With additional reference to FIG. 5, assembly of shaft assembly 10 is generally illustrated by flow diagram 300. During assembly, pilot shaft 14 may be located within first and second coupling members 16, 18, as indicated at step 302, so that first and second ends 52, 54 are located within first and second coupling members 16, 18. More specifically, first and second ends 52, 54 may abut stops 50 within first and second coupling members 16, 18, capturing pilot shaft 14 therebetween and axially locating first coupling member 16 relative to second coupling member 18. More specifically, pilot shaft 14 may provide a repeatable predetermined spacing between first and second coupling members 16, 18. As such, pilot shaft 14 may generally form a spacing member between first and second coupling members 16, 18.

Pilot shaft 14 may be engaged with first and second coupling members 16, 18 in a number of ways, including a coupling with an adhesive between an outer surface of pilot shaft 14 and an inner surface of first and second coupling members 16, 18. Adhesive may be used to couple pilot shaft 14 to first and second coupling members 16, 18. Alternatively, pilot shaft 14 and first and second coupling members 16, 18 may merely have a slip fit engagement therebetween.

Once pilot shaft 14 is located between first and second coupling members 16, 18, filament wound shaft member 12 may be formed thereon. More specifically, first and second coupling members 16, 18 may be axially fixed relative to one another and a filament 56 may be wound around first and second coupling members 16, 18 and pilot shaft 14, as indicated at step 304, to create filament wound shaft member 12. Before winding filament 56, a binding agent, such as a resin, may be applied thereto. Filament 56 may be wound into the angularly disposed channels defined between lugs 40 on first and second coupling members 16, 18 to rotationally and axially couple filament wound shaft member 12 thereto. During winding of filament wound shaft member 12, pilot shaft 14 may be used as a mandrel. After winding of filament 56 to create filament wound shaft member 12, pilot shaft 14 may remain located between first and second coupling members 16, 18. Filament 56 and the resin thereon may be cured to form filament wound shaft member 12, as indicated at step 306. Filament wound shaft member 12 may generally encapsulate pilot shaft 14 therein, retaining pilot shaft 14 as part of shaft assembly 10.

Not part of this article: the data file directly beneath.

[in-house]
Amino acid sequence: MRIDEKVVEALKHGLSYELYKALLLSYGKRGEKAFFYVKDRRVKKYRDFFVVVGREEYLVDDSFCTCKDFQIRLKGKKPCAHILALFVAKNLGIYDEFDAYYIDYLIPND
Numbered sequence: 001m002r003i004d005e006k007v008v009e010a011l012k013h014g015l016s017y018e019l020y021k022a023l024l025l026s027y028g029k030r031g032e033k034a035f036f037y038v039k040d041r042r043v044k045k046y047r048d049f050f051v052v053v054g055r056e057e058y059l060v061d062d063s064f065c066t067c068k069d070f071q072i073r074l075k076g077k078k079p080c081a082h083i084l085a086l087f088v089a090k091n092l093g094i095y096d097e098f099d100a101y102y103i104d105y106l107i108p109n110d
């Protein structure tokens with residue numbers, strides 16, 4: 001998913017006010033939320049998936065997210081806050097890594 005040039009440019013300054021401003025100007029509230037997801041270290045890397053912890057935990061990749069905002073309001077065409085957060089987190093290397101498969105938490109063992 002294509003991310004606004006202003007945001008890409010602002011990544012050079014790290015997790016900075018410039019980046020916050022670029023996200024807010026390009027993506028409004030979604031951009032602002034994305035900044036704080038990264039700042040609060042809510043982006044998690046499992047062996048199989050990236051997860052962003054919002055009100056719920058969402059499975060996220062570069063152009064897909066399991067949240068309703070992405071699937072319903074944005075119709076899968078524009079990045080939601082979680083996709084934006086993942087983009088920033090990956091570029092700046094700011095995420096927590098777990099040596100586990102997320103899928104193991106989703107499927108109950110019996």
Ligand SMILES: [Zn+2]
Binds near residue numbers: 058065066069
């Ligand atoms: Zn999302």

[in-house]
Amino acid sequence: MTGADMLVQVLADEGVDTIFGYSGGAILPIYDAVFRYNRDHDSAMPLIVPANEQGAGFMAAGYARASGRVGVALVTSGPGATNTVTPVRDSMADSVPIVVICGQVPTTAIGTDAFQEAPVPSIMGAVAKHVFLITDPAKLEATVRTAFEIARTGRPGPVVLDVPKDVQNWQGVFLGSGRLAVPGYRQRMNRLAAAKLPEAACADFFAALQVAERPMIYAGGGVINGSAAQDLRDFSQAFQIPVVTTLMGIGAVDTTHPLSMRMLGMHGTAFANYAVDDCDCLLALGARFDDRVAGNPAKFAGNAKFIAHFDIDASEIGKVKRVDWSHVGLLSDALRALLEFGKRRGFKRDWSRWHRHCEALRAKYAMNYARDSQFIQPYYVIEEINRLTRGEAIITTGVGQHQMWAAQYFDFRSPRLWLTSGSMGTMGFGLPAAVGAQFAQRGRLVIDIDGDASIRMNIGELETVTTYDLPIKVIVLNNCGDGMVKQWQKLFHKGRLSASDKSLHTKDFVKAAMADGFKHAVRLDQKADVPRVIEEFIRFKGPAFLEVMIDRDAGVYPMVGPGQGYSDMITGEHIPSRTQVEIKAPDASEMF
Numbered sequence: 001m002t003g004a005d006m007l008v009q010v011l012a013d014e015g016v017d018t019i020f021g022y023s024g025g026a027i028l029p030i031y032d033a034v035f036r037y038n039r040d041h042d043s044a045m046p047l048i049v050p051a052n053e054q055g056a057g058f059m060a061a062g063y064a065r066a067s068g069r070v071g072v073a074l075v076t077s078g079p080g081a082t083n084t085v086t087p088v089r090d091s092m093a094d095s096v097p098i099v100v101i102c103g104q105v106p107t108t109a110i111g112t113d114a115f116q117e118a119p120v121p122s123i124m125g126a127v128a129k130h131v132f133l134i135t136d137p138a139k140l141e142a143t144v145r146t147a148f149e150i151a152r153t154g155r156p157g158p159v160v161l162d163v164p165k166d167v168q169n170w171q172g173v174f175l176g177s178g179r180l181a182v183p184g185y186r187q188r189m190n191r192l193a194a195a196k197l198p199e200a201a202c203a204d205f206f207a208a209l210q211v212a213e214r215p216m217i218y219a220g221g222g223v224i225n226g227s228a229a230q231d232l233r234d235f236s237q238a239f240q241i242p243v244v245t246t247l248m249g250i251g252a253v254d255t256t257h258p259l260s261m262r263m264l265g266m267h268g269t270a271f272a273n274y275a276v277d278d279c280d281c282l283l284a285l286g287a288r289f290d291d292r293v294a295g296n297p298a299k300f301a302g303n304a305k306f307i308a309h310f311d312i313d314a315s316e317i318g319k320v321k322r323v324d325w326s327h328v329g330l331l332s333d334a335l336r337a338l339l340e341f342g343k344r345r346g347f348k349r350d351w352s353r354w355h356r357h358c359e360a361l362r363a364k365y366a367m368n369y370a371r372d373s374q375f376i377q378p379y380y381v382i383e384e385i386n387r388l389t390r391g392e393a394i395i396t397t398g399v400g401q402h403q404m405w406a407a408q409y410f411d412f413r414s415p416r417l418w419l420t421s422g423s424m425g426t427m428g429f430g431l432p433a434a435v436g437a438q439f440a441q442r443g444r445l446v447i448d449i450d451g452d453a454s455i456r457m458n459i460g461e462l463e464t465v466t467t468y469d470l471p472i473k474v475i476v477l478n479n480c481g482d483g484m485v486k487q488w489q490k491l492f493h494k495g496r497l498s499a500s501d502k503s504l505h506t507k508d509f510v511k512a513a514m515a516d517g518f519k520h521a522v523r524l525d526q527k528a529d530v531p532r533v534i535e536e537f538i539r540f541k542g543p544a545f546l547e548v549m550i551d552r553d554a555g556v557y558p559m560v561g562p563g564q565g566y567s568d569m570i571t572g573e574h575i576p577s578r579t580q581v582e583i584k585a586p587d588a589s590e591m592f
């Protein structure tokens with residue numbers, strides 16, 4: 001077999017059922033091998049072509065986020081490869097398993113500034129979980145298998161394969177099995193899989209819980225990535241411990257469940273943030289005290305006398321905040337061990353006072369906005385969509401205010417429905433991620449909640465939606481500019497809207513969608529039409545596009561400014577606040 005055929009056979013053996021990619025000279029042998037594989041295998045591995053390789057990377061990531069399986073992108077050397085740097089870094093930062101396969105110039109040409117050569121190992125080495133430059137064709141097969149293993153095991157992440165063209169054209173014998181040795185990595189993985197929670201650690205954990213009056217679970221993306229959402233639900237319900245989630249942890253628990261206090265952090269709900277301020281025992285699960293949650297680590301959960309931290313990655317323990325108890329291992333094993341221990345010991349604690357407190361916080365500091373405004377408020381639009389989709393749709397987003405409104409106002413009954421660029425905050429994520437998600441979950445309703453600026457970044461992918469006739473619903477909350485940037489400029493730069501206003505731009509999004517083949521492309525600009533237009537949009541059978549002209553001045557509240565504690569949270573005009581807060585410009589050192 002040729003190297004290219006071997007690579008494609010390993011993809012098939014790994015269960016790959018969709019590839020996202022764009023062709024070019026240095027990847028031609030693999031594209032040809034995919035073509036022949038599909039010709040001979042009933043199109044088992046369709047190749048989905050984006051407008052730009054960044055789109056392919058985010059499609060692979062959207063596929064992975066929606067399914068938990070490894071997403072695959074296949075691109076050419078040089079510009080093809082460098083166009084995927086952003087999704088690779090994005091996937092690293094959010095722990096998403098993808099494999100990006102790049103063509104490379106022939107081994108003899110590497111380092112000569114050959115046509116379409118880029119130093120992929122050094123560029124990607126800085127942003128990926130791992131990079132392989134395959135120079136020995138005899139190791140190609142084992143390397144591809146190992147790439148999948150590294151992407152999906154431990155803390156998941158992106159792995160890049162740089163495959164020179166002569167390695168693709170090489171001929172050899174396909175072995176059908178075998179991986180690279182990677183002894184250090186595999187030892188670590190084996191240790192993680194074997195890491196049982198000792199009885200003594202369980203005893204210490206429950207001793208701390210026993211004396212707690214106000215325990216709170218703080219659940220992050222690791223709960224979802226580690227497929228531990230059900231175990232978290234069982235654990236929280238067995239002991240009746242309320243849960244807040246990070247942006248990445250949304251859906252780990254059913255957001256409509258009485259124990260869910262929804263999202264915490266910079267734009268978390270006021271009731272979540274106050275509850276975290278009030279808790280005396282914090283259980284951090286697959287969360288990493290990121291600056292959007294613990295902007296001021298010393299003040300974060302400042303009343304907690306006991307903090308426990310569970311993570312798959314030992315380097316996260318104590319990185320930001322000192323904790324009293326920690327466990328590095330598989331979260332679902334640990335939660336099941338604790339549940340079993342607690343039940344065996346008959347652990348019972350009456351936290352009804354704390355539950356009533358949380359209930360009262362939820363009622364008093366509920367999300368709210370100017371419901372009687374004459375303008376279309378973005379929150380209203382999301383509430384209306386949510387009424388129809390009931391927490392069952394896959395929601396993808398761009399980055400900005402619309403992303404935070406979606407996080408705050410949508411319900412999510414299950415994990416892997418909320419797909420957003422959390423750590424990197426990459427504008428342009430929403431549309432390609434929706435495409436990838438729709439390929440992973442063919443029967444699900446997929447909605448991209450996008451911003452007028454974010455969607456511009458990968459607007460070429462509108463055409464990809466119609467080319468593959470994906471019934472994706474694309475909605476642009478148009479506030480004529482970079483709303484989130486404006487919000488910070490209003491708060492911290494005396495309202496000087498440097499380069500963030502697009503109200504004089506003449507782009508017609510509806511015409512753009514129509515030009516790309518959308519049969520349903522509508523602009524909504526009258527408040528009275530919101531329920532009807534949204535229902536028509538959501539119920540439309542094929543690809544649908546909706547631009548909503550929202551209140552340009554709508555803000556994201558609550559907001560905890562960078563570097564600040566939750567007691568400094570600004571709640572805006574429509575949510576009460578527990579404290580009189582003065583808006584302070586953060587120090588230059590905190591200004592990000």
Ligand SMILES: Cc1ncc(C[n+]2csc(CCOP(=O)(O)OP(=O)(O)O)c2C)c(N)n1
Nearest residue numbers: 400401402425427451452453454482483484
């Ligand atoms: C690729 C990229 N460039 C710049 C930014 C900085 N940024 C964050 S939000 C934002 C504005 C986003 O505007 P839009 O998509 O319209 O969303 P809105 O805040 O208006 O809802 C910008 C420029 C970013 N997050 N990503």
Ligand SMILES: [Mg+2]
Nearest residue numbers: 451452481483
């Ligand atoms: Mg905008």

As indicated above, second portion 28 may form a region of minimum torsional strength of filament wound shaft member 12. The engagement between first end 52 of pilot shaft 14 and first coupling member 16 and/or the engagement between second end 54 of pilot shaft 14 and second coupling member 18 may have a torsional strength that is less than the torsional strength of the region of minimum torsional strength of filament wound shaft member 12 (or second portion 28).

During operation of shaft assembly 10, pilot shaft 14 may act as a retaining member for filament wound shaft member 12 upon failure, or fracture, thereof. More specifically, since pilot shaft 14 extends axially between and into first and second coupling members 16, 18, filament wound shaft member 12 is generally supported thereon at a location axially inwardly relative to the region of minimum torsional strength thereof (or second portion 28).

A failure of filament wound shaft member 12 may generally occur at an axial location corresponding to second end 36 of first coupling member 16 (or at a similar location relative to second coupling member 18). Second portion 28 of filament wound shaft member 12 may generally be axially located at or near second end 36 of first coupling member 16. Since the torsional strength of the engagement between pilot shaft 14 and first coupling member 16 may be less than the minimum torsional strength of filament wound shaft member 12, pilot shaft 14 may be rotatable relative to first coupling member 16 when a failure of filament wound shaft member 12 occurs. However, pilot shaft 14 may remain axially retained relative to first and second coupling members 16, 18, retaining the fractured filament wound shaft member 12 thereon due to the axial extent of pilot shaft 14 into both first and second coupling members 16, 18. Therefore, filament wound shaft member 12 may be retained on pilot shaft 14 and pilot shaft 14 may limit radial displacement of filament wound shaft member 12 after a failure thereof. More specifically, body 20 of filament wound shaft member 12 may be bearingly supported on pilot shaft 14 upon failure of filament wound shaft member 12.